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September 7, 2018 4:45 PM, EDT

EPA Inspector General to Audit Agency’s Emissions Test on Gliders

An Elkhorn glider kit on display Elkhorn Valley Trucks

The Office of the Inspector General for the Environmental Protection Agency plans to conduct an audit of a 2017 EPA study that concluded glider trucks are bigger polluters than trucks that meet more-recent federal emissions standards.

The audit is being launched in response to a request from four Republican congressmen.

In a Sept. 4 letter to EPA’s Office of Air and Radiation, OIG said it will “examine the selection, acquisition and testing of glider vehicles at EPA’s National Vehicle and Fuel Emissions Laboratory as well as EPA’s planning for this testing.”

An IG spokeswoman noted that an audit is not the same as a full-fledged investigation. “If we were looking into allegations of misconduct, it would be an investigation, not an audit,” Jennifer Kaplan said.

The audit is a response to questions raised in June by Rep. Greg Gianforte, chairman of the House Subcommittee on the Interior, Energy and Environment, who questioned the integrity of the EPA glider truck study. Three other Republicans, Reps. Bill Posey of Florida, Steve King of Iowa and Brian Babin of Texas, also have asked the IG to audit the study.

The study in question was made public Nov. 20, four days after then-EPA Administrator Scott Pruitt proposed repealing an Obama-era rule to limit the production of glider trucks. That provision, included in EPA’s 2016 Phase 2 heavy-truck greenhouse gas emissions rule, limits the number of nonemissions-compliant gliders one company may build to 300 a year, and requires any beyond that number be certified as emissions-compliant for the model year they are built. Although Pruitt has since left his EPA post, the agency still is weighing whether to keep or repeal the Obama-era rule.

The EPA study concluded that emissions from two glider vehicles tested under highway conditions had nitrogen oxide emissions 43 times higher than newer trucks and particulate matter emissions 55 times higher.

Glider trucks combine new truck bodies with older and oftentimes rebuilt engines.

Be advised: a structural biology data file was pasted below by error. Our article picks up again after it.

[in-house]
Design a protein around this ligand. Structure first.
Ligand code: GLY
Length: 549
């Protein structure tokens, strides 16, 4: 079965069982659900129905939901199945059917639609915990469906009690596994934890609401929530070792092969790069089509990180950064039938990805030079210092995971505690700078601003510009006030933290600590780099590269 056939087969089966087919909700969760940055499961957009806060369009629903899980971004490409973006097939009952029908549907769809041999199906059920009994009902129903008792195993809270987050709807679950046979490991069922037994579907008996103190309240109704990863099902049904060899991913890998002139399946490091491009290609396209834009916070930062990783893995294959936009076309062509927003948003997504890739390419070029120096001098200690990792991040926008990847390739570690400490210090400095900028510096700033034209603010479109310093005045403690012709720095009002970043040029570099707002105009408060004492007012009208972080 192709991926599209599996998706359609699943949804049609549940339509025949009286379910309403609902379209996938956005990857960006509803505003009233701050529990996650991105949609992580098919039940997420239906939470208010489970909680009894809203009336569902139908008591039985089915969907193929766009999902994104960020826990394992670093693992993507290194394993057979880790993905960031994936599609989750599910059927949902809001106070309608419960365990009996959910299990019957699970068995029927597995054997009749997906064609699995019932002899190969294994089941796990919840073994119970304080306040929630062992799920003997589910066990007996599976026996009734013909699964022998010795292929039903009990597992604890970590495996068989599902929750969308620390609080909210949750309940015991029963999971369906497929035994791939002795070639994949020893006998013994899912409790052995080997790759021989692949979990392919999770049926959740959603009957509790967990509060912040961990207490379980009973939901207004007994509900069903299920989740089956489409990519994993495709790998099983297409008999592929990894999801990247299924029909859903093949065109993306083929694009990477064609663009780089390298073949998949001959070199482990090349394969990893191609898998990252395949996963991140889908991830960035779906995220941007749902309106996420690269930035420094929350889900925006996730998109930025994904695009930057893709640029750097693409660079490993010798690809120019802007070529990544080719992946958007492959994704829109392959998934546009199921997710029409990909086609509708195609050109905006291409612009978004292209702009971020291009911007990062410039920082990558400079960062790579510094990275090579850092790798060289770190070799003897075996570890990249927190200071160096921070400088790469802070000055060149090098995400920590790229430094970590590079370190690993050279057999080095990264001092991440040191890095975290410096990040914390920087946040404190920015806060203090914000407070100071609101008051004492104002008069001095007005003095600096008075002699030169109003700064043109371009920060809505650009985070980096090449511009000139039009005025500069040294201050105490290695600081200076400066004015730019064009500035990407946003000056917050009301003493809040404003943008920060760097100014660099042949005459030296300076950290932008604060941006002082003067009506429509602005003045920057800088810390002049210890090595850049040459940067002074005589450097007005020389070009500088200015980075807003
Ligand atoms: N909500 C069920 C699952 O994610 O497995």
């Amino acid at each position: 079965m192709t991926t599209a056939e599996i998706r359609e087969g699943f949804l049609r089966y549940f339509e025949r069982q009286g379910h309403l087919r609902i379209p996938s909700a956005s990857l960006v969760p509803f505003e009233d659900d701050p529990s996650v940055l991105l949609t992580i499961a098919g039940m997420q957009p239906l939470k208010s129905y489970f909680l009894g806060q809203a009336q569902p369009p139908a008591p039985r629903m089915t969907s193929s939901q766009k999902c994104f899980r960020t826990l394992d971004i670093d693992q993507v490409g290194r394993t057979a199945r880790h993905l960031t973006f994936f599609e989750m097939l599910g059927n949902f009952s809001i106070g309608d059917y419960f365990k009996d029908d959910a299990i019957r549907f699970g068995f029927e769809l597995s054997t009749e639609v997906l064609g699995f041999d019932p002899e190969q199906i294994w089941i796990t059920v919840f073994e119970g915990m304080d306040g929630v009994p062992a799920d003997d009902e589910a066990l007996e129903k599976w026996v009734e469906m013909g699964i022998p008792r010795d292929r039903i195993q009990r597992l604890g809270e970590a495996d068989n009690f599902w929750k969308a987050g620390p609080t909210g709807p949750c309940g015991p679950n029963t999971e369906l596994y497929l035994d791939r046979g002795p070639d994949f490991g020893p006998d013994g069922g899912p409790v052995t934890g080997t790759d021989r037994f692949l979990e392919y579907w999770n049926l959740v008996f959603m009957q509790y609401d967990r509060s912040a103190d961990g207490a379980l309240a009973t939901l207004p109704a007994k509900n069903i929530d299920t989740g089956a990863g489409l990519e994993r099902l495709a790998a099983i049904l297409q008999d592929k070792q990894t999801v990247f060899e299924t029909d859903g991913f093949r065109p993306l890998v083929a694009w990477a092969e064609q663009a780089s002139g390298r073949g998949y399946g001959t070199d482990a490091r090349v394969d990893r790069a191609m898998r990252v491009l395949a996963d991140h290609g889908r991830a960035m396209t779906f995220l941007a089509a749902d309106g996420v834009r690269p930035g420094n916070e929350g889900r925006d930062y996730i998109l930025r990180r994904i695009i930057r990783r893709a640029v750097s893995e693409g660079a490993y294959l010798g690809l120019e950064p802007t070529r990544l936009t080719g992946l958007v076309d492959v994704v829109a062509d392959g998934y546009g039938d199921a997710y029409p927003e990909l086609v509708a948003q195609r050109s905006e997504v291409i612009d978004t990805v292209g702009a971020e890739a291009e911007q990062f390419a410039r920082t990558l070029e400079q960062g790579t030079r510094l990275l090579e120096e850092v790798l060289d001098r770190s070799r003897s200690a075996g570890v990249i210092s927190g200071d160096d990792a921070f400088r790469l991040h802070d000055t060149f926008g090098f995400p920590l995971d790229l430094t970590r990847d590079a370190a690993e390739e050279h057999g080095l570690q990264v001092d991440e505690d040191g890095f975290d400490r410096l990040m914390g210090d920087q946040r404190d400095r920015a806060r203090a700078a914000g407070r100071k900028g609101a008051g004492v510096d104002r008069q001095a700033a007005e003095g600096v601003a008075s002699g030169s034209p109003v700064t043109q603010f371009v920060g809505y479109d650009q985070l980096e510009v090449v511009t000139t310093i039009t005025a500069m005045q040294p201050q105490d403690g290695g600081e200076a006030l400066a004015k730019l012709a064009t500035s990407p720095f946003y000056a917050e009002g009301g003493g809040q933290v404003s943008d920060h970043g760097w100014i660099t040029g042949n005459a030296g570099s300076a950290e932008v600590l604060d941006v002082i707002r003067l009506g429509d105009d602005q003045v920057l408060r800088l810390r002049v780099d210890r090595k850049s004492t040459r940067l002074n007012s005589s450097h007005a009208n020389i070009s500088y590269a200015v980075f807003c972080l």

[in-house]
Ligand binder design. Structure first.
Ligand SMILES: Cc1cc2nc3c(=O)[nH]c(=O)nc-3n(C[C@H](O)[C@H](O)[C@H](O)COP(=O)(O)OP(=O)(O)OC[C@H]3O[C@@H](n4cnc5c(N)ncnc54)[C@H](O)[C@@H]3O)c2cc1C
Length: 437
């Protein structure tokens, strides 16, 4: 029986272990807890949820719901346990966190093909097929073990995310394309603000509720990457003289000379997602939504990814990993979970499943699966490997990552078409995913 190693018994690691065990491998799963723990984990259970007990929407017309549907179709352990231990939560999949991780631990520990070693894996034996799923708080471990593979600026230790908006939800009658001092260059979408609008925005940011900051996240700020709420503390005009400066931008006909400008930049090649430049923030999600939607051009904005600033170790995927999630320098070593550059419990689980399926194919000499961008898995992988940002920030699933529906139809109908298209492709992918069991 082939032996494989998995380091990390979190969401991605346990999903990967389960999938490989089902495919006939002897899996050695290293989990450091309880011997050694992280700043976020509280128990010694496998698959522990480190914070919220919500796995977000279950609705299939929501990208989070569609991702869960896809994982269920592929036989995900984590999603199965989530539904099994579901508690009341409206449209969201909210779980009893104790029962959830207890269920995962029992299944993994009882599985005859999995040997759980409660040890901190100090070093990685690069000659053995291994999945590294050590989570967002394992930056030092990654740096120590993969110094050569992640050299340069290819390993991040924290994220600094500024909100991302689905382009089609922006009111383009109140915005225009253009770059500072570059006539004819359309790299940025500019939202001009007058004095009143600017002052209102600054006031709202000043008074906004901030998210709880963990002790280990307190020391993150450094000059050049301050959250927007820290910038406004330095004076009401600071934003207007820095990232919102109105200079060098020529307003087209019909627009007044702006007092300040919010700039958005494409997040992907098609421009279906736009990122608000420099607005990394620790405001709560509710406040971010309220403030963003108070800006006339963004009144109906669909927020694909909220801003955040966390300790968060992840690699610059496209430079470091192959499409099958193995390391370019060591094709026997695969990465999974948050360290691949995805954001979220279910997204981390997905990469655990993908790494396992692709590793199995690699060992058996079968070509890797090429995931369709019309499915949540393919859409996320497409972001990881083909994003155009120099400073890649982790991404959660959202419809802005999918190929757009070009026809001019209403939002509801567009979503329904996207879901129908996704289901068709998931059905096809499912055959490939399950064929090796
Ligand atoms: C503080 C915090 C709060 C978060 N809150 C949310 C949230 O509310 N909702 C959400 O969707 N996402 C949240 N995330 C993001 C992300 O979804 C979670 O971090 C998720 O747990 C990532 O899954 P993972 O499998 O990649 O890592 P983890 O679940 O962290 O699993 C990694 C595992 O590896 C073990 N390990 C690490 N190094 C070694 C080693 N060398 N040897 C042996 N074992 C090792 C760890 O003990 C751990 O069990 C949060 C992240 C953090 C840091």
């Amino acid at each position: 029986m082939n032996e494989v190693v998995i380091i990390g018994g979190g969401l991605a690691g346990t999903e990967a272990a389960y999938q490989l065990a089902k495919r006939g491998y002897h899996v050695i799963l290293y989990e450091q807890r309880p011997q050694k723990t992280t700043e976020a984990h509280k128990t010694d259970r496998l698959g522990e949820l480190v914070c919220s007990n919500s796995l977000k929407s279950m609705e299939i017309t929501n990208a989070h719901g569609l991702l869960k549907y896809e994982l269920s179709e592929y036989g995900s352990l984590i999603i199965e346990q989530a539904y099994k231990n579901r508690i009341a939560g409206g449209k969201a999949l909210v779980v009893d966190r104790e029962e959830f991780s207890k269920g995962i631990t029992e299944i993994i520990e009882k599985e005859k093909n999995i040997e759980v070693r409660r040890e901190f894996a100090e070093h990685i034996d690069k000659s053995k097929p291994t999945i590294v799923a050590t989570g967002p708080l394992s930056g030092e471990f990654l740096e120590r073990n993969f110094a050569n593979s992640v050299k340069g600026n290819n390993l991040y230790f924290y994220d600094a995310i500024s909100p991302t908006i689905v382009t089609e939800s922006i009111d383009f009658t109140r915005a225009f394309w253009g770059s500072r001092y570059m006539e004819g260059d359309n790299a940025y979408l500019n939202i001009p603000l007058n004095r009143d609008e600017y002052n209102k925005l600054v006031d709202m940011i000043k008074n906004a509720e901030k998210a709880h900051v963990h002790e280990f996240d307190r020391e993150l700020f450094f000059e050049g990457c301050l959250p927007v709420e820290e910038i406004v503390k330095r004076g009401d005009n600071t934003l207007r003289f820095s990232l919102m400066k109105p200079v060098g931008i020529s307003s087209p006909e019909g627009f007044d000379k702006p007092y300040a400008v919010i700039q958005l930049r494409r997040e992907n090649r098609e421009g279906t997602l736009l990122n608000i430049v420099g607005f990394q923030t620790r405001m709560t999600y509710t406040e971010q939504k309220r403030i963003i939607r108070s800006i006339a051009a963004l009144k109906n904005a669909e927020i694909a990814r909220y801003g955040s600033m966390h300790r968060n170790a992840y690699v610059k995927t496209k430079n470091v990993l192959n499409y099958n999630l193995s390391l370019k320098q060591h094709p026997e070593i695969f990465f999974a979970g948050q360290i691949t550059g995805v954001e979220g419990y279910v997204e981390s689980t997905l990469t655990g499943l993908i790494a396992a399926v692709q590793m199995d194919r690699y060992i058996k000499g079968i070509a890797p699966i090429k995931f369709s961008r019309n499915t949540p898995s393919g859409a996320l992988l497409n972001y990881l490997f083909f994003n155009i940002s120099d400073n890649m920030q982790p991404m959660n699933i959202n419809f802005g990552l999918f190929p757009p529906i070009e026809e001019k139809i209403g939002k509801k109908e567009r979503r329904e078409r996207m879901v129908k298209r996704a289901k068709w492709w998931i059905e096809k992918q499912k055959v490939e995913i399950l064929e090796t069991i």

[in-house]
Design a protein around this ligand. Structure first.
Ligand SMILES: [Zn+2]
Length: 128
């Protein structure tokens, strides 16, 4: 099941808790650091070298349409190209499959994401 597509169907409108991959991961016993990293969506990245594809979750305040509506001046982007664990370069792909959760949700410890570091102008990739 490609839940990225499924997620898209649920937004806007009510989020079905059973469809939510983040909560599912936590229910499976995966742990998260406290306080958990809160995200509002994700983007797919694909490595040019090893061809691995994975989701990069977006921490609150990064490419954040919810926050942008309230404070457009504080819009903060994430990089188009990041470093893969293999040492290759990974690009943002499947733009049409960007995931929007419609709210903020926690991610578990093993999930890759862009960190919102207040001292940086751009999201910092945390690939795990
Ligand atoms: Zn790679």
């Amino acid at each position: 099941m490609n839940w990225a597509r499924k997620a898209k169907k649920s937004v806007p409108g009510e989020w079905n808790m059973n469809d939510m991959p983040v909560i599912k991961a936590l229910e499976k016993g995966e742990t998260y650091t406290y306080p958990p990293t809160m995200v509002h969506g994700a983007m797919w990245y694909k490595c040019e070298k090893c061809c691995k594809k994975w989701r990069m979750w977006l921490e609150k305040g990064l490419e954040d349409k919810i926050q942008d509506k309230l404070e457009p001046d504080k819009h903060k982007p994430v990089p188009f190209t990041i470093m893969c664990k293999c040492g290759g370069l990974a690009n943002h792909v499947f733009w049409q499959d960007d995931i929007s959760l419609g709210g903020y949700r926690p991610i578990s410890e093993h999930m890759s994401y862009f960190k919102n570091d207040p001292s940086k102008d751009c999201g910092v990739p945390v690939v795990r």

In his letter to the IG, Gianforte said EPA employees communicated with truck maker Volvo Group — which has opposed repealing the glider rule — about obtaining test vehicles. The manufacturer offered to assist — through cooperation with one of its dealers — to obtain gliders for testing at EPA’s National Vehicle and Fuel Emissions Laboratory. On Nov. 20, EPA produced a report on those emissions tests.

“Like most of the trucking industry, the Volvo Group for several years now has argued that the improper use of glider kits is bad for the environment and unfair to manufacturers who have invested in the latest environmental controls,” said John Miles, corporate communication officer for Volvo Group North America. “All our communication and cooperation with the EPA on this issue has been an entirely appropriate part of a broad trucking industry advocacy effort. We did nothing improper.”

Kaplan noted that the IG has no current plans to look at a separate glider study conducted by Tennessee Tech University. That study is the target of a soon-to-be-completed university misconduct research investigation.

The Tennessee Tech study, which concluded that newer trucks were in some instances bigger polluters than gliders, was funded by Tennessee-based glider manufacturer Fitzgerald Glider Kits. The EPA used this study, in part, to justify proposed repeal of the Obama-era law.

The school’s faculty senate has said that the glider study could have an adverse affect on university grants, incoming students, new faculty and more.

In February, university president Phil Oldham said the school community “shares the desire to ensure the academic research integrity of the university along with our reputation as an honest broker of knowledge and research initiatives.”

The decision to launch the investigation came after Oldman on Jan. 30 received a resolution passed by the university’s faculty senate that charged that the school’s reputation had been “damaged” in the wake of the Fitzgerald study.

In March, the university’s board of trustees — which has not discussed details of the misconduct research — appointed its vice chair, Trudy Harper, to act in Oldham’s place in making the final decision on the disposition of the investigation.

On Aug. 7, 2017, only a few weeks after a letter showing the test results of the university study, the school, Fitzgerald and Tennessee College of Applied Technology Livingston announced a public-private partnership to support research, education and training in the region and to promote optimization in the trucking industry. The new Fitzgerald Technology Complex in White County will house the Tennessee Tech Center for Intelligent Mobility, located in the Fitzgerald Industrial Park.

A Feb. 8 memo sent by six faculty senate members to Christy Killman, president of the faculty senate, noted that the public-private agreement “further makes the apparent conflict of interest more troubling.”

However, Fitzgerald attorney Joe Depew said in a statement earlier this year that the “fact that we funded it [the study] does not mean it is flawed. Private funding of university research is commonplace.”